I find Shoot invaluable for the jobs to do every month, for knowing what plants I have where, when I put them in, where I bought them
However, I am also aware that our service could be easier to use. It is a time consuming and boring task to gather all your plant labels before you throw them away, search through our 15,000 plants to find each one you just bought and then to add each plant to your own plant list.
An easier way could be so beautifully simple – I am calling it Shoot +. When you shop at your favourite garden centre or plant nursery, simply hand over your club loyalty card at check-out and Shoot will take a feed from their till systems to update your plants list for you with a note of when and where you bought them … automatically on your behalf.
Shoot is looking for one plant retailer to conduct a trial of Shoot +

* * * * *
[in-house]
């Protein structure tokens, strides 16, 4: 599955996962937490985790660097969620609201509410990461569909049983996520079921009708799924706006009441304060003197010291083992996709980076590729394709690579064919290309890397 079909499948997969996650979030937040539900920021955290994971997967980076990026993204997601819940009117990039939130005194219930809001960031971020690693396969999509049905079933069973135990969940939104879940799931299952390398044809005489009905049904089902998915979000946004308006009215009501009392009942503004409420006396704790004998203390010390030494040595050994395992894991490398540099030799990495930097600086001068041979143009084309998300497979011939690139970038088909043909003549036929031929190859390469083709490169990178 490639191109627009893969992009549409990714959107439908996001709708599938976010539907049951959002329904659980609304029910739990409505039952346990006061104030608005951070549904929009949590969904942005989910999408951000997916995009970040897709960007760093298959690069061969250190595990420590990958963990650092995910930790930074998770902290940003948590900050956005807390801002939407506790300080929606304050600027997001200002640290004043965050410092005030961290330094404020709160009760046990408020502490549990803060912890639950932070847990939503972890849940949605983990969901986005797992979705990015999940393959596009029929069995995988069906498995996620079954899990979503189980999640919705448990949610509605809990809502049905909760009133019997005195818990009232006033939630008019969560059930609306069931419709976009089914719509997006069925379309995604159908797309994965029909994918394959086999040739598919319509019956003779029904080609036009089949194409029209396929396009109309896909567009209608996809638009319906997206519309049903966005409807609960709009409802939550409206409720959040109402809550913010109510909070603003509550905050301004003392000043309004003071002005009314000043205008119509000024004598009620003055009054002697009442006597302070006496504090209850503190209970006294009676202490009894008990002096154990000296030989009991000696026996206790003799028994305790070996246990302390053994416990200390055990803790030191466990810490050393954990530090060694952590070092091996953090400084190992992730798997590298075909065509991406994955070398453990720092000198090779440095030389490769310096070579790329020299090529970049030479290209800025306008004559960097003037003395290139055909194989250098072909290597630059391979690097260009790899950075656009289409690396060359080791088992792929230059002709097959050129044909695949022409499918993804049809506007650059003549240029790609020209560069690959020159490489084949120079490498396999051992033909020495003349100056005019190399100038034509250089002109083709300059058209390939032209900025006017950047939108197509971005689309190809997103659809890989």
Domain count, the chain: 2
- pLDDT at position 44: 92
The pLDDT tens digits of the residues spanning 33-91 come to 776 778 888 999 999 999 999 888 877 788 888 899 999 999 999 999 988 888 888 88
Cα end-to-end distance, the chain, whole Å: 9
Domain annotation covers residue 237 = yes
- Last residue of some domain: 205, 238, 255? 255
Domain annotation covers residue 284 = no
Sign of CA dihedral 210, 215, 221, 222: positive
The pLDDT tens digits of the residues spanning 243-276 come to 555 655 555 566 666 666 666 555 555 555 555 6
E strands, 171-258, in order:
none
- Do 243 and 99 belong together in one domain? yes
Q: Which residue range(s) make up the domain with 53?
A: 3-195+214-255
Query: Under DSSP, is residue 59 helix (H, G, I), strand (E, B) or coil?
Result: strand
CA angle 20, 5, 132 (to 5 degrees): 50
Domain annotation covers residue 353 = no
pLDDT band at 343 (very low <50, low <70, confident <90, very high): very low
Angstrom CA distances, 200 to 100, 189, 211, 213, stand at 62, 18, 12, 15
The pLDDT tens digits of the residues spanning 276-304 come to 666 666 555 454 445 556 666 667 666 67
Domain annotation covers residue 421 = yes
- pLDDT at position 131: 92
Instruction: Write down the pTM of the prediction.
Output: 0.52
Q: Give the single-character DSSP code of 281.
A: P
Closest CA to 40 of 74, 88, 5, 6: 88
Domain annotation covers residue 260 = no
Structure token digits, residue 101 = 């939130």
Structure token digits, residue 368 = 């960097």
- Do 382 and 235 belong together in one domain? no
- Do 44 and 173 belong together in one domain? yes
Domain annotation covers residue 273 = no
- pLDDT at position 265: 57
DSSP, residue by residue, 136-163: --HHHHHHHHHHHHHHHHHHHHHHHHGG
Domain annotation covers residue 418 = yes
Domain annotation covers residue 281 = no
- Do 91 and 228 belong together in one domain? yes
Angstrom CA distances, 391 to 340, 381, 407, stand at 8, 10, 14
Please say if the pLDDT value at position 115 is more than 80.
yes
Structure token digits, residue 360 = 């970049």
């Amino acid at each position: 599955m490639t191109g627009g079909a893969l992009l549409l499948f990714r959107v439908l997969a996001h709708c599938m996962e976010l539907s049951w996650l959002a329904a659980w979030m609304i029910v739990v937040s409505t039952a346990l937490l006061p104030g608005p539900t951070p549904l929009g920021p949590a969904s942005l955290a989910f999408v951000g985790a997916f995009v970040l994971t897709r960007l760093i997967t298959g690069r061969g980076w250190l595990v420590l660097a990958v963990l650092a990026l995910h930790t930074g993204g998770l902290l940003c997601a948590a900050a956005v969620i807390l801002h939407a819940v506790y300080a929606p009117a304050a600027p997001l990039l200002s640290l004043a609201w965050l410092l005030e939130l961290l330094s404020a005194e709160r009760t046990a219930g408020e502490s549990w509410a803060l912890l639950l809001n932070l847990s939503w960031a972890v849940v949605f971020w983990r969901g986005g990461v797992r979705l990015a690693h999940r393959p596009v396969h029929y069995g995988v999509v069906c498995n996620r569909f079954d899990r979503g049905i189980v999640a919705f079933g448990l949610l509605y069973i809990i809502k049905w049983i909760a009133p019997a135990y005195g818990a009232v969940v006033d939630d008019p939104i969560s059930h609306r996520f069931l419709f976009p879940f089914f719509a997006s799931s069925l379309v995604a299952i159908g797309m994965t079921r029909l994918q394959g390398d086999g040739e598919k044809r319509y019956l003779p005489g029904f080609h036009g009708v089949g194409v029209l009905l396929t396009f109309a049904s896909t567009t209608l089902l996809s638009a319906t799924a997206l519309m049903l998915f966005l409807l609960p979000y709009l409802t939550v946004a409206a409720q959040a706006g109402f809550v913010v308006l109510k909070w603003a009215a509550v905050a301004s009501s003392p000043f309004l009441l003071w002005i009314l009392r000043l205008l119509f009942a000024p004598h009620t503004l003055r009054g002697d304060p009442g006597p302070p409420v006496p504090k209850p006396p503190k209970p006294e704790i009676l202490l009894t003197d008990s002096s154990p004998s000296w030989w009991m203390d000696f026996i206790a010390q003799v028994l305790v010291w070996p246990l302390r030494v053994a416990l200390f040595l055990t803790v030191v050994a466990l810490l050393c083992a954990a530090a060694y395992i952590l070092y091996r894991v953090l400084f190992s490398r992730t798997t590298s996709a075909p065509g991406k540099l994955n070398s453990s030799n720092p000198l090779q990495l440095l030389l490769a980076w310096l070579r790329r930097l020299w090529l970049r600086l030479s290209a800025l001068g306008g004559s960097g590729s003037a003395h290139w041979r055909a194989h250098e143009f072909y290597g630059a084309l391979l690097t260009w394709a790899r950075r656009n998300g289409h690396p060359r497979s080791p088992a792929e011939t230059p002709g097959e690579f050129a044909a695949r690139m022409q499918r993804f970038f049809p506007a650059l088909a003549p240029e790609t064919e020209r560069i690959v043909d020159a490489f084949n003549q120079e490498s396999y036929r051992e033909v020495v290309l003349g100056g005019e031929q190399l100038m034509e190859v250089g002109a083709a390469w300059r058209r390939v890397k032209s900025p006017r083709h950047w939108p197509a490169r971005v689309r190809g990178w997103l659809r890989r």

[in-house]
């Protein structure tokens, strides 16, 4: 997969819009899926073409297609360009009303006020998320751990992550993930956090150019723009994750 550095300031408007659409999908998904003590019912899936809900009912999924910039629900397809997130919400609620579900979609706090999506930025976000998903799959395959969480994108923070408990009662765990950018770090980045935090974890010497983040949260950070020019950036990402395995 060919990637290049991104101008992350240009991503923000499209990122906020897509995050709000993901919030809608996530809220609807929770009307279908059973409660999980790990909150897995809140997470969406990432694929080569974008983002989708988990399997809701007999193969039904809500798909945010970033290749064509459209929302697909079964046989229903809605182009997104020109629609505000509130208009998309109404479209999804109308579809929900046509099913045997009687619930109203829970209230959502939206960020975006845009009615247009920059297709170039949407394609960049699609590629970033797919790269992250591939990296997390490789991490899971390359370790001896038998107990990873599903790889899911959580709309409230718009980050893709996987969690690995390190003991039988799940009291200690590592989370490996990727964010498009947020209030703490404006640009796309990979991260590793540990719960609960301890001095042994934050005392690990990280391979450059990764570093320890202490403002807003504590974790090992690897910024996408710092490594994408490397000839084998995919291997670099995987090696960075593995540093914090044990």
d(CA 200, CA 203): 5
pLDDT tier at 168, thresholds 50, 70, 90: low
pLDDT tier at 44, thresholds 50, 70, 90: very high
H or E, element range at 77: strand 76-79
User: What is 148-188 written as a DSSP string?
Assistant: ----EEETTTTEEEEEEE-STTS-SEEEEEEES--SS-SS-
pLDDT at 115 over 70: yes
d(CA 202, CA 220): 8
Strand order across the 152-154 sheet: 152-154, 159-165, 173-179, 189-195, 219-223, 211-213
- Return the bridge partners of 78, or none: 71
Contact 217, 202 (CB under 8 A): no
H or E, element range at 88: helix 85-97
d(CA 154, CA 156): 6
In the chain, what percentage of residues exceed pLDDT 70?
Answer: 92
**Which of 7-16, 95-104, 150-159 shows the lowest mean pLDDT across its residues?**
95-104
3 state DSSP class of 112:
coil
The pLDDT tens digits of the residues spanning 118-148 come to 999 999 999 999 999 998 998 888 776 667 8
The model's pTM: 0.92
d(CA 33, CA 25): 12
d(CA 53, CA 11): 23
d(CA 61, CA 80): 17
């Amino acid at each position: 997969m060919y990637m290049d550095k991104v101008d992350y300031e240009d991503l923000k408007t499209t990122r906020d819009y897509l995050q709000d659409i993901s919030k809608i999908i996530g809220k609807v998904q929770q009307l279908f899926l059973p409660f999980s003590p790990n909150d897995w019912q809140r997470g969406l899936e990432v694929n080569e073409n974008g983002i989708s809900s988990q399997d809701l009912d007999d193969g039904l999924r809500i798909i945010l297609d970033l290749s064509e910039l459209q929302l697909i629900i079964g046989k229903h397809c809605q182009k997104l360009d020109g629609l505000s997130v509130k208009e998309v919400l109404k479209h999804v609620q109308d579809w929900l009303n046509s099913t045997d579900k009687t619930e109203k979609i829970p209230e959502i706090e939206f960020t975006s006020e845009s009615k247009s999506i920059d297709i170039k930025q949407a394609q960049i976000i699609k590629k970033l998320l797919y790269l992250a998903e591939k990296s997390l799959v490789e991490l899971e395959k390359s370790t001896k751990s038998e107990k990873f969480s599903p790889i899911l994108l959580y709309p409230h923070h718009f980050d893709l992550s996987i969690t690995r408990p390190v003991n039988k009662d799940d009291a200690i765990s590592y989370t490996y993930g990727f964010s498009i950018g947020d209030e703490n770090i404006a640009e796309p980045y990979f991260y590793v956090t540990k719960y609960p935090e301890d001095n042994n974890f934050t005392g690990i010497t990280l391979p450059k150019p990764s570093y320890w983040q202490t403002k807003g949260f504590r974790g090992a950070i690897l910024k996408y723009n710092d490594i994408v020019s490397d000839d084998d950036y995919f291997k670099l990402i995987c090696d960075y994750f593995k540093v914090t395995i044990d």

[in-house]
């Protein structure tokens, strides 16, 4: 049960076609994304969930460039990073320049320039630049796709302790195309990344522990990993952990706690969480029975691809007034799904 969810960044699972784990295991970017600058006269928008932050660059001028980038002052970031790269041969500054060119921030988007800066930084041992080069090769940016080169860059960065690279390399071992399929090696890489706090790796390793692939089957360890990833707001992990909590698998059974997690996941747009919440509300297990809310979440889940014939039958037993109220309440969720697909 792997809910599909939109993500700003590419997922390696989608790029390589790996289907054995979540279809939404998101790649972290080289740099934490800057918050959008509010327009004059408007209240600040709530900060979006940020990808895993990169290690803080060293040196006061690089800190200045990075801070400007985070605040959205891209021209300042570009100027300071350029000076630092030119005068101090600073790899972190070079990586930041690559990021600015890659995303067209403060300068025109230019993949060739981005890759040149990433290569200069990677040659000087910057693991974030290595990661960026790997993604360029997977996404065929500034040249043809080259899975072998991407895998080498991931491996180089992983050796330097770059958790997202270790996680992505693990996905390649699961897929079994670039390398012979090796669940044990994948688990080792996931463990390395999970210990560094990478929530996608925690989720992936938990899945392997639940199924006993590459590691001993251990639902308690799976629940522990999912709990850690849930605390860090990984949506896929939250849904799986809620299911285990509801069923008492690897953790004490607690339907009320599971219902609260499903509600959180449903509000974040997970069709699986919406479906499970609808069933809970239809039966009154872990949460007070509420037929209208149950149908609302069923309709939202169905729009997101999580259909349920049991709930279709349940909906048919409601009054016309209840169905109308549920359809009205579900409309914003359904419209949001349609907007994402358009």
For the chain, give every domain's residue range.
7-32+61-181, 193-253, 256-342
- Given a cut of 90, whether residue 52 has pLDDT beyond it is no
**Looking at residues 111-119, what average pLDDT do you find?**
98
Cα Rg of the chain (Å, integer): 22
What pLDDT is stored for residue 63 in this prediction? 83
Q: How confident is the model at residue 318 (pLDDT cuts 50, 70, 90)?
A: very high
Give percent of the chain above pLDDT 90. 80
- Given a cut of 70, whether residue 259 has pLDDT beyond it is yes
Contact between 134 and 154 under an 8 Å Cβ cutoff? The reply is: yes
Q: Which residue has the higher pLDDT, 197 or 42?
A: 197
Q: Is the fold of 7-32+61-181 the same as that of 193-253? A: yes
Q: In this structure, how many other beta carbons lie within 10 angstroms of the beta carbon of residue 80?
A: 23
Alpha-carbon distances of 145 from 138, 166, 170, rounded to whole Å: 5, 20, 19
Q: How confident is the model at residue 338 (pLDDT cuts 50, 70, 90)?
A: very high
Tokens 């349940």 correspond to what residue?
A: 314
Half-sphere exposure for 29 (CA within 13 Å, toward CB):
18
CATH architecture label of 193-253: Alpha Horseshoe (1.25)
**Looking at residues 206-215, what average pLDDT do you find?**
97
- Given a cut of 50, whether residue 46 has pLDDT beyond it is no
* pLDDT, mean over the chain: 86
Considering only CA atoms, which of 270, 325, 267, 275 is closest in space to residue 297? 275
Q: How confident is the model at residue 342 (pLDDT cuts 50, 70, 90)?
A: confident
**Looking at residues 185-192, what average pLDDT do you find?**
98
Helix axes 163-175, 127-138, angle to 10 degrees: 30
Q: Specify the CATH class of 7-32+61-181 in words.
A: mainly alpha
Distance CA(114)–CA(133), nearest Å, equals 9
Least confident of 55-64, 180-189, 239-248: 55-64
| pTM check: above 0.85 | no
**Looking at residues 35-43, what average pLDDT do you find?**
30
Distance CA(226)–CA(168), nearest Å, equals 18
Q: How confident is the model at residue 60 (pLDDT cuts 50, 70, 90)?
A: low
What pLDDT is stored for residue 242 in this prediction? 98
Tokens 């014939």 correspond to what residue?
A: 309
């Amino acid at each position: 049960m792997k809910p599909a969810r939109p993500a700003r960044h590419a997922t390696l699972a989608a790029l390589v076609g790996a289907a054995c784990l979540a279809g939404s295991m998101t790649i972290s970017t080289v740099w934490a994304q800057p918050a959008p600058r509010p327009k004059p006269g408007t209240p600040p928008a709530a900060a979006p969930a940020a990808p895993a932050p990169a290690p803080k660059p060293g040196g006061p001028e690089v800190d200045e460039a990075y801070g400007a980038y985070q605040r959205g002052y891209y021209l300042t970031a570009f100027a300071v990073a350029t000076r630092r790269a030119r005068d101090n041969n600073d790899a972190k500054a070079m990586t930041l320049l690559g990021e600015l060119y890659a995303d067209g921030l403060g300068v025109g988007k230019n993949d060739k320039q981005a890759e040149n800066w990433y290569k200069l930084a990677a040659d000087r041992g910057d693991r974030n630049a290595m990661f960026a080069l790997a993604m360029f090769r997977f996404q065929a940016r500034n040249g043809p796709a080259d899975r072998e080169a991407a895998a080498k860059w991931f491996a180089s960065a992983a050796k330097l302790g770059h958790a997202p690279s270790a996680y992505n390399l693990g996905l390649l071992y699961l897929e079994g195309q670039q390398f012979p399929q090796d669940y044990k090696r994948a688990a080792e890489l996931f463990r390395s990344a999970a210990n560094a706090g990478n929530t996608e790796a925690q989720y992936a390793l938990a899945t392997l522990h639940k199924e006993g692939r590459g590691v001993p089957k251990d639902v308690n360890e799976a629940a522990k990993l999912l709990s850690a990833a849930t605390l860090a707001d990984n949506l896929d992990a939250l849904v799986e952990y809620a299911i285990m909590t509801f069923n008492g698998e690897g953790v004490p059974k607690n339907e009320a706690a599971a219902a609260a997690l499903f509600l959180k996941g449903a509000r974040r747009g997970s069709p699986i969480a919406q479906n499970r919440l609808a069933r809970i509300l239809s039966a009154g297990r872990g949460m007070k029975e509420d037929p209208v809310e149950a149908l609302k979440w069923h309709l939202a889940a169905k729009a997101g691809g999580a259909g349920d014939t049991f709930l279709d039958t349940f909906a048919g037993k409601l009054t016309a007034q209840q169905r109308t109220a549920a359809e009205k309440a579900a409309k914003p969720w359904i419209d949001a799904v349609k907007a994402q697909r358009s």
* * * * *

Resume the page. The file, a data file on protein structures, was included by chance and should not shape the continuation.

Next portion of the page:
How can you help? If you are a club member of a Garden Centre please suggest they trial Shoot + If you are willing to wear a badge or hand over a Shoot + leaflet please contact us. Or if you are visionary plant retailer and want to trial the Shoot + service for your own customers please get in touch with us. We’d love to hear from you.
Still looking for a great gift for a gardener you know? Don’t forget you can buy gift memberships to Shoot for just £19.99 making an ideal gift for any experienced or novice gardener! Simply add the name of the recipient and a message to create your own personalised Shoot membership gift.
Terms: One-year membership to Shoot for UK residents only. Internet access is required. Redemption within 12 months of purchase. Current members of Shoot can also redeem the one-year gift which will be added to the end of their membership term.